Also all the gods are men. No girl power here.

Generally the gods are interesting and how they affect cleric character's making them a little different is cool.

And then there is Chaos. They hate gods and are a constant and ever-present threat to the good people of Mithgarthr. Ok. Maybe other supplement opens this up. Not too imaginative at the moment though. Good versus evil because...? The Advanced Edition Companion of Labyrinth Lord is suggested here for demons and devils.


All the basic fantasy monsters found in a rule book of Labyrinth Lord focusing on green skins, lizardmen and that sort of things. There's also plenty of dragons. And a new race ratten is included here. Kind of basic rat men.

One thing I dislike this book suggests is that Labyrinth Lords scale the monster HD to the current party level. This means that no matter what level you are the orc raiders are going to be tough (also the exp is more though). The purpose is that the monster(s) should frighten any man no matter of level.

I get the point but I hate this in computer games. When you level up you get special powers but still have to (more or less) grind those same monsters but with more special powers.

But I do get the point. Could there be any other way to do this than scale the monster HD up? And I think they should have explained that better. Is it:
Player level + monster HD -1? That's 1:1 isn't it?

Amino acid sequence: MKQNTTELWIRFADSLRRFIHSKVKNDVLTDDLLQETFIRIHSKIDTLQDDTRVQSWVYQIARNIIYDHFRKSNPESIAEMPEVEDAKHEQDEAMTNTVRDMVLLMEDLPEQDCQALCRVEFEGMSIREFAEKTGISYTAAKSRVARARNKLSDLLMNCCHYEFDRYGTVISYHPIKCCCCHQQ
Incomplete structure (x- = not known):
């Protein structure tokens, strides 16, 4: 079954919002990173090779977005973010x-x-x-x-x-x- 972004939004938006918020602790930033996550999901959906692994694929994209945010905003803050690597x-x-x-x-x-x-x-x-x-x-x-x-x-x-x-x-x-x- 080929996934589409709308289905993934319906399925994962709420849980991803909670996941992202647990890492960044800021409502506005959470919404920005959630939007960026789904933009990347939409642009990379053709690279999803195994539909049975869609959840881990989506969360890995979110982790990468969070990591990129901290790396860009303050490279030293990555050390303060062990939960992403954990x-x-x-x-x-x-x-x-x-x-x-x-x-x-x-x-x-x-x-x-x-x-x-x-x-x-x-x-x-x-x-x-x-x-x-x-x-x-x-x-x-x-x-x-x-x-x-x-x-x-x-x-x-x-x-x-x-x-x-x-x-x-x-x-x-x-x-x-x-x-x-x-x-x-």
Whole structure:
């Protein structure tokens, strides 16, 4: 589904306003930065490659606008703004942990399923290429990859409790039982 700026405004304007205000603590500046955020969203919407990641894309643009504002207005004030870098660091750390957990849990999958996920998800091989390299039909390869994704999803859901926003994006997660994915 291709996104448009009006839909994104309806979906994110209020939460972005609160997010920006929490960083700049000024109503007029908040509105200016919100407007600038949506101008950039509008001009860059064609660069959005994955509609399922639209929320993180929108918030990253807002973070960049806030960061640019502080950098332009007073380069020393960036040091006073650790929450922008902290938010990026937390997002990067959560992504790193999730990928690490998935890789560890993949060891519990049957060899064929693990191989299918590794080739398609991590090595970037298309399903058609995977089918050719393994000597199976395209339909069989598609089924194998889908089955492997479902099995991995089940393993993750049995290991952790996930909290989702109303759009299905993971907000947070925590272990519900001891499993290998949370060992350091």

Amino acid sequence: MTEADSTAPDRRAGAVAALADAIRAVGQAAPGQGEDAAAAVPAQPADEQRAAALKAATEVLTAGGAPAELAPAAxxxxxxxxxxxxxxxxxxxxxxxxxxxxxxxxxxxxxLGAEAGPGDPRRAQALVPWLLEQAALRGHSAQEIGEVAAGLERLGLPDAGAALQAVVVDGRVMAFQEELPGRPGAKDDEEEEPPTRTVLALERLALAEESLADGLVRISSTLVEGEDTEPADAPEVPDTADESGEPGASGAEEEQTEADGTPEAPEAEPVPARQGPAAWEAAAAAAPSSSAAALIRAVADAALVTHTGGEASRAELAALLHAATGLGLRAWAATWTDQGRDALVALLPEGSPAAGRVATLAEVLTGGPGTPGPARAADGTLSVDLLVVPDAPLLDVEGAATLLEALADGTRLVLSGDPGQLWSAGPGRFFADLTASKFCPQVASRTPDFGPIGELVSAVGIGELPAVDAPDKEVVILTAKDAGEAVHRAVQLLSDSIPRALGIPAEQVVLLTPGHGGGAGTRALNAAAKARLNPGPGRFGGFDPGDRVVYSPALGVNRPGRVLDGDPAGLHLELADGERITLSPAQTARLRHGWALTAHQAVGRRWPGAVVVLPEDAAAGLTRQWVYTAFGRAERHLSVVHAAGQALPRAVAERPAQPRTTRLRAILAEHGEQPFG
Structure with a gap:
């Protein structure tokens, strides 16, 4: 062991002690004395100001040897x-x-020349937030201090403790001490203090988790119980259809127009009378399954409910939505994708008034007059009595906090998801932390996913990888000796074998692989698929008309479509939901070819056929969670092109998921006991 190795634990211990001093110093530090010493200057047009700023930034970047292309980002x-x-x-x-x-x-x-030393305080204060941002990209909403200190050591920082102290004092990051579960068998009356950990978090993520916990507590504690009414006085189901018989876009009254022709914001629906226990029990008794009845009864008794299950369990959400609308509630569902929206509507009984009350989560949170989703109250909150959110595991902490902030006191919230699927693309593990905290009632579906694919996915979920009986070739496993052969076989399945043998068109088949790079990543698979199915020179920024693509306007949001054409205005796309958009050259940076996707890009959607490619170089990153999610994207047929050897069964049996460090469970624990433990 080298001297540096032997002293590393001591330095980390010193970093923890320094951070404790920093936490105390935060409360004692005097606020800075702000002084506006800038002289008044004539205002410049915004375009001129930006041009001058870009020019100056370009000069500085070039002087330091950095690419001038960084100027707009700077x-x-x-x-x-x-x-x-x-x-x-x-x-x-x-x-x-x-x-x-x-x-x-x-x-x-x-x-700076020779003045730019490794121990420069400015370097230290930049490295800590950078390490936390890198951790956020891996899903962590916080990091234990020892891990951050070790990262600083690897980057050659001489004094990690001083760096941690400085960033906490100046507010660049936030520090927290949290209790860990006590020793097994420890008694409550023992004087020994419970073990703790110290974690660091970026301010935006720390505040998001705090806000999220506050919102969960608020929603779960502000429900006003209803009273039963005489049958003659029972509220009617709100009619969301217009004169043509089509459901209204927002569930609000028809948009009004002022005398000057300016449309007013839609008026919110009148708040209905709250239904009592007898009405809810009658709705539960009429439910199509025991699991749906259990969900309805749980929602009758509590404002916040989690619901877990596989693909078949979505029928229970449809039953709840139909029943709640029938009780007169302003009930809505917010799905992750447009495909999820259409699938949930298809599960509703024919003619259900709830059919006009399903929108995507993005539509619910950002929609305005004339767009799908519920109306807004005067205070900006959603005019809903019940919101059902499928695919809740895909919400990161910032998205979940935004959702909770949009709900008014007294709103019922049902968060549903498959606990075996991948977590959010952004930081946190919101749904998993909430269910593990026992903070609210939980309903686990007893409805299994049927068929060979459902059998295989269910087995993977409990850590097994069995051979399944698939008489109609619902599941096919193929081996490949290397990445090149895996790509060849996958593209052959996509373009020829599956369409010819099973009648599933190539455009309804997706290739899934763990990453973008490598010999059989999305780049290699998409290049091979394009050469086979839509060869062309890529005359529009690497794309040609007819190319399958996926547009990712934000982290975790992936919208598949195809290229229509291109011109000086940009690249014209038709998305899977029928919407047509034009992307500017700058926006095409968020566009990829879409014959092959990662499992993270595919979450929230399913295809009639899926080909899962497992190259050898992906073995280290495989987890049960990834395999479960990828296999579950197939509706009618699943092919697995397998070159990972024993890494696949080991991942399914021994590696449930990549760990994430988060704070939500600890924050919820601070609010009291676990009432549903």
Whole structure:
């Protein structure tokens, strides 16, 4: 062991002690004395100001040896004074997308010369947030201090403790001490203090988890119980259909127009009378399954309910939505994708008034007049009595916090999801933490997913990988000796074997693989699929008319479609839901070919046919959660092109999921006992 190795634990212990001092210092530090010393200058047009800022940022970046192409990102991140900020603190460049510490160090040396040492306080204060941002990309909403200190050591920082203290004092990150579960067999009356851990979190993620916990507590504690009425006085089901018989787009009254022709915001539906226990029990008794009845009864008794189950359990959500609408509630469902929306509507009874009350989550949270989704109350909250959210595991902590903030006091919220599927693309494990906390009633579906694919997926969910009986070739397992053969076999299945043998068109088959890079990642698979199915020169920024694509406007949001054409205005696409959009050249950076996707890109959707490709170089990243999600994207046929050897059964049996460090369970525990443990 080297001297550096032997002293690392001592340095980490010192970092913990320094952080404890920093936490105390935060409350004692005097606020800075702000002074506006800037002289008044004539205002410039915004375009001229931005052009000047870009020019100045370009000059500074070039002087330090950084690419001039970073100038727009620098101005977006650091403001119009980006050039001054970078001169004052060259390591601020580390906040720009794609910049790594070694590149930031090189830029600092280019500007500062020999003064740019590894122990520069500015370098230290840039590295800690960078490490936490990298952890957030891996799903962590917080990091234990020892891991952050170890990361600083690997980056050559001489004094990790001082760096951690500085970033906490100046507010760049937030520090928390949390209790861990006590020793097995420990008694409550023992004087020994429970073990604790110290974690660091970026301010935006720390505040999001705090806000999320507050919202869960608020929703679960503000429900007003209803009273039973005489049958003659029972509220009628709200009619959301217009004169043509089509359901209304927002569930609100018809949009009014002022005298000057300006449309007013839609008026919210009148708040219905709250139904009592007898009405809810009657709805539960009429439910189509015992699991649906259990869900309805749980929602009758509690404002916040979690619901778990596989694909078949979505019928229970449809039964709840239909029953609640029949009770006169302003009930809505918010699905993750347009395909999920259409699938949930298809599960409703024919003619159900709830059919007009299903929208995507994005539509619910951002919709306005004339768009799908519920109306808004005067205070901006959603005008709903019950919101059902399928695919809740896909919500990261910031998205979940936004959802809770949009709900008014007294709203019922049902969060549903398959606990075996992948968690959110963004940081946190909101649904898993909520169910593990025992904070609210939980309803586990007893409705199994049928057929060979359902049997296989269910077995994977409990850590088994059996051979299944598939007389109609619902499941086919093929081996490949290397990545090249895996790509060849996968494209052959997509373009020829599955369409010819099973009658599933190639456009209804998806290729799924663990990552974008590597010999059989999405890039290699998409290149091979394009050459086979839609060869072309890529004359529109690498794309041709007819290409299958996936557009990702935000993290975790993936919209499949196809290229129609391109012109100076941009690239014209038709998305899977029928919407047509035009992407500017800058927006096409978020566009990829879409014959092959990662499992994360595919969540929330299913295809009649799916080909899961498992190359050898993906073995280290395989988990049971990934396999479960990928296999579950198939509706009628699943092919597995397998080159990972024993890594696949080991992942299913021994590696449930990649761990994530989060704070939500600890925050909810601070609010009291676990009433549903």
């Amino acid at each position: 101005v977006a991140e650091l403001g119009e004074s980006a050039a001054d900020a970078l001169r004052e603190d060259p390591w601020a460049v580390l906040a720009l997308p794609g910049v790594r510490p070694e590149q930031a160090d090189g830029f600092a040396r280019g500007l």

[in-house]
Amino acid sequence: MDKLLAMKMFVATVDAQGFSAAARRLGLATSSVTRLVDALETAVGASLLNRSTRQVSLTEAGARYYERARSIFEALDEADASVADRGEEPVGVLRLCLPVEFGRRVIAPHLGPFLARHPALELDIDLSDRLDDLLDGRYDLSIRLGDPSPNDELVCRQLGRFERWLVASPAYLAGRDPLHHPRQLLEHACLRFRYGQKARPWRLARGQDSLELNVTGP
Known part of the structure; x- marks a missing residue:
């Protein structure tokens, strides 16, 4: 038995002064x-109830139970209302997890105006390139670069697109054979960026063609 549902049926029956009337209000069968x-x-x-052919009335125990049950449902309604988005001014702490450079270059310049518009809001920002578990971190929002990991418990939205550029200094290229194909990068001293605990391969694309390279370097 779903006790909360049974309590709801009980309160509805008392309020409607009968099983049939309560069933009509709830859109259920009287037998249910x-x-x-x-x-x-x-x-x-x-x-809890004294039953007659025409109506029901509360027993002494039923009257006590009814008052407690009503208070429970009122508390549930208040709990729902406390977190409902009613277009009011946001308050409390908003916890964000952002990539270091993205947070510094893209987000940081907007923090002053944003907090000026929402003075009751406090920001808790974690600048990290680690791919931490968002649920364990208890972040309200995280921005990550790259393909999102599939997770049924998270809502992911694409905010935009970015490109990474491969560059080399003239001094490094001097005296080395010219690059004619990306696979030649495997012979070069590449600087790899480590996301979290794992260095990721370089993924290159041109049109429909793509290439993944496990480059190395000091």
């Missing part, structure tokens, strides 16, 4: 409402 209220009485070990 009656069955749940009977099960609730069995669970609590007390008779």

I know that Labyrinth Lords and Referees can quickly make up rules like this or just put a random HD they feel right for the situation but when the writers make up something like this they should explain what their original idea was.

This is something that cannot be reviewed without longer game test. And more I think about this more I kinda like it...

The Kingdom Of Karak

And then we get to the area fluff of Karak starting with geographic overview. A nice map would work great here.

First we get towns. Plenty of those but not too many. Few lines of information per town. The town leader's name is told but not much "who" he is. General explanations no hooks. In a sourcebook of Karak we get town names and general short overview except for the biggest of them. Still there's lots to do for a Labyrinth Lord to run a city adventure (quick Vornheim hype here). But if you want to spend time fluffing towns there's just enough information to distinct them from each other.

Also a place called Dyson's Delve is located here. It's a free dungeon you can get from HERE.

The Rest

Briefly holidays (what and when but no how), laws (unimaginative) and finally churches/temples with little information and some prices for services.

What's The Score

I like it but there are so many little flaws. For me the things I like are:

+ It is short. I hate settings that take ages to read and memorize
+ There's plenty of room for your own ideas
+ A sandbox

And things that are not that great:

- There are general ideas (it's a town) but no explanations or meat (what is the town)
- Feels more like a blog post than an actual product
- You get the idea, maybe inspiration but there's so much to fill yourself
- It doesn't tell the most important thing: what the adventurers do and why this setting is a great place to run roleplaying games? Unfortunately, I don't know
- The map sucks

If the product told me why the adventures in Mithgarthr are awesome and there were a little more details this would have been better. I don't say I wouldn't use this in my own game (planning to use this in my forthcoming LL campaign) but this is just a sketch I need to make my own world into. The text in this has no meaning.

I give this 3/5 skulls. Enjoyed reading it, wanted more details and cool.


The map has been updated in the product and can be found here also:

As I said a better map is worth ½ skulls.

So the new score for this product is 3½ skulls.